It used to be that mortgages were fairly easily obtained – especially when ‘self-certification’ meant you could declare a mortgage affordable and lenders would essentially take your word for it.
One global financial crash and a couple of bank bailouts later – and the mortgage and remortgage process is now very different.
Now, upon applying, the finer points of your finances will be considered by a highly trained mortgage advisor. That person will do everything in their power to make sure lending you money isn’t going to be a risk for anyone involved.
So, what happens if you’ve got bad credit? Does this automatically mean you’re going to have your remortgage application rejected? Will you be paying an enormous interest rate? Or are remortgages possible, even if your credit rating could be better?
Thanks to The Loans Department we can look at these questions in a little more detail – and explain a few things you can do to help boost your chances of getting a good remortgage deal.
Remortgaging with poor credit
Put simply, you can remortgage your home if you have bad credit.
The remortgage application might involve a little more explaining around what’s happening financially, but there are very few automatic ‘no’ answers to be hand from lenders.
That said, rightly or wrongly, a lender will take your credit score as a general indication of whether or not you represent an increased risk, therefore, there’s every chance you could be paying more than their advertised best rates. It’s worth remembering though, this doesn’t just apply to you if you’ve got bad credit – many people find they’re not eligible for the very best interest rates, as exceptional credit ratings are quite hard to obtain.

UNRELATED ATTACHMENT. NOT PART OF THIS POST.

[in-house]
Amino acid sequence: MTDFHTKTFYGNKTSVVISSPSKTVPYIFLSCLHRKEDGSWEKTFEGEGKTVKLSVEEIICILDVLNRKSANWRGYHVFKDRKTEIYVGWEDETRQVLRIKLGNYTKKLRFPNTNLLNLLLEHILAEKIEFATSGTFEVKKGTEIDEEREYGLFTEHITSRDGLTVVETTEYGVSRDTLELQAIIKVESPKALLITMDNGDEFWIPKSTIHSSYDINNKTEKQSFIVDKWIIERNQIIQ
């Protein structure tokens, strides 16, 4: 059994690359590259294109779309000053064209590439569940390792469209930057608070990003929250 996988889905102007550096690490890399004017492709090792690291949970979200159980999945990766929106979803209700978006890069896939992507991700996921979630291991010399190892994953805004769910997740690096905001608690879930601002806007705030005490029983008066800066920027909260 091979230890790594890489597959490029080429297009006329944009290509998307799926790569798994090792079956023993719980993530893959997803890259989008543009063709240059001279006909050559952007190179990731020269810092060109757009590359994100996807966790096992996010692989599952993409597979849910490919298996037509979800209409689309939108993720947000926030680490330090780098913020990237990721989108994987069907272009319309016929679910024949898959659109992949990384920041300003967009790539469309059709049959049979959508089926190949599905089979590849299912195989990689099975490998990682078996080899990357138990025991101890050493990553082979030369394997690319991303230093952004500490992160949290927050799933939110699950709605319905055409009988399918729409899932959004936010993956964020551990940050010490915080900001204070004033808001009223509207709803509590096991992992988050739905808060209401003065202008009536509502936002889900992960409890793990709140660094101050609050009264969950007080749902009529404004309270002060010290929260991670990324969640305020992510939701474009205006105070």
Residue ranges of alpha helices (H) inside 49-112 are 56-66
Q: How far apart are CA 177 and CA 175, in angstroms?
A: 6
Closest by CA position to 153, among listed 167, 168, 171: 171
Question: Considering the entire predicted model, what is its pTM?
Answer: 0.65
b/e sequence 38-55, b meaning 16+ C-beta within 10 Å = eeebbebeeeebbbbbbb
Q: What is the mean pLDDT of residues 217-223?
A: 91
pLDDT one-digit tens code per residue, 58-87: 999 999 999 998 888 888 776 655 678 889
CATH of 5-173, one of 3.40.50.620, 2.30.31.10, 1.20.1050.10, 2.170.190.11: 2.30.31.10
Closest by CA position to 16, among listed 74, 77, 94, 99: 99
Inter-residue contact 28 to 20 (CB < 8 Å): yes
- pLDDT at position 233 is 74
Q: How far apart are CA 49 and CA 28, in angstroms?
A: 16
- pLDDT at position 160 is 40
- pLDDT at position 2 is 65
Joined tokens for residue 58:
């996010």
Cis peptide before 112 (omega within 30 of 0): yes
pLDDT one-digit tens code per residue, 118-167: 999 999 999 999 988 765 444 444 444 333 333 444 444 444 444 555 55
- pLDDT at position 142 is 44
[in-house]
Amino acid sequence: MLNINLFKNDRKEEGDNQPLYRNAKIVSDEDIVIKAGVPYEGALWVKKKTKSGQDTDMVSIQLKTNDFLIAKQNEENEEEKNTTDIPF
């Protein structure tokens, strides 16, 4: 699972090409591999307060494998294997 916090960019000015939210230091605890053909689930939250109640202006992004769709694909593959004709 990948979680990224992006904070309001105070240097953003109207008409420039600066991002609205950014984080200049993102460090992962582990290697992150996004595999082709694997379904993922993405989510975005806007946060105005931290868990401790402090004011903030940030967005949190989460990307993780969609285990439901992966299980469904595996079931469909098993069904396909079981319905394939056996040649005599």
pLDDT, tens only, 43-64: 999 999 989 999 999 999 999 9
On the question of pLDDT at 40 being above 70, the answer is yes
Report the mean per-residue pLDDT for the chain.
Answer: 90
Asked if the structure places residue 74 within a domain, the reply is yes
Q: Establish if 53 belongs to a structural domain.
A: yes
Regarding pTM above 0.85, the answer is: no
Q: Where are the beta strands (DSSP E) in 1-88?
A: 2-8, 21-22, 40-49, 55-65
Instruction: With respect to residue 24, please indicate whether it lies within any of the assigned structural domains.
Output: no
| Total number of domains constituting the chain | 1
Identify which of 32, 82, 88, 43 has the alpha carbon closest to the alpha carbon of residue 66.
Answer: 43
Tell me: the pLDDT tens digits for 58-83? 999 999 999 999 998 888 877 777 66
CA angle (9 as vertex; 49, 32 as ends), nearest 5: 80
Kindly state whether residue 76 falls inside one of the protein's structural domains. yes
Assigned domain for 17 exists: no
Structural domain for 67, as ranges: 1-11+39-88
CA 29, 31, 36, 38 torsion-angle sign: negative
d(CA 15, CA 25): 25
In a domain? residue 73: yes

So, remortgaging is possible if your credit rating isn’t at it’s very best – and the good news is, there are a few things you can do to nudge your credit score up even more…
Improving your credit rating before remortgaging
It’s not uncommon for people to feel disconnected from their credit file – after all, it’s not something that many of us keep a track of on a daily basis.
The thing is, no matter how disconnected you might feel, there things you can do to boost it – and many of them don’t take a great deal of time.
Register to vote
As a current homeowner, it’s unlikely that you’re not registered to vote at your property – but if for any reason you’ve missed this fine detail, now’s the time to get registered. This is a must for a lender – and it only takes a few minutes to do online.
Request your credit file and check it over
You’re entitled to a copy of your ‘statutory credit file’ at any time. This is a paper report that’s very similar to the reports a lender sees when they perform a credit check against you. It only costs a small amount and can give you a world of insight.
Request your credit file then have a good look at the information it contains. Check for any credit that still shows that is now paid off, check for credit that you don’t recognise, look for any streams of credit you don’t use any more – and so on.
Mistakes do happen – as does identify theft. There’s no guarantee either of these things have happened to you, but for the small amount of money it will cost to check, it’s better to be safe than sorry.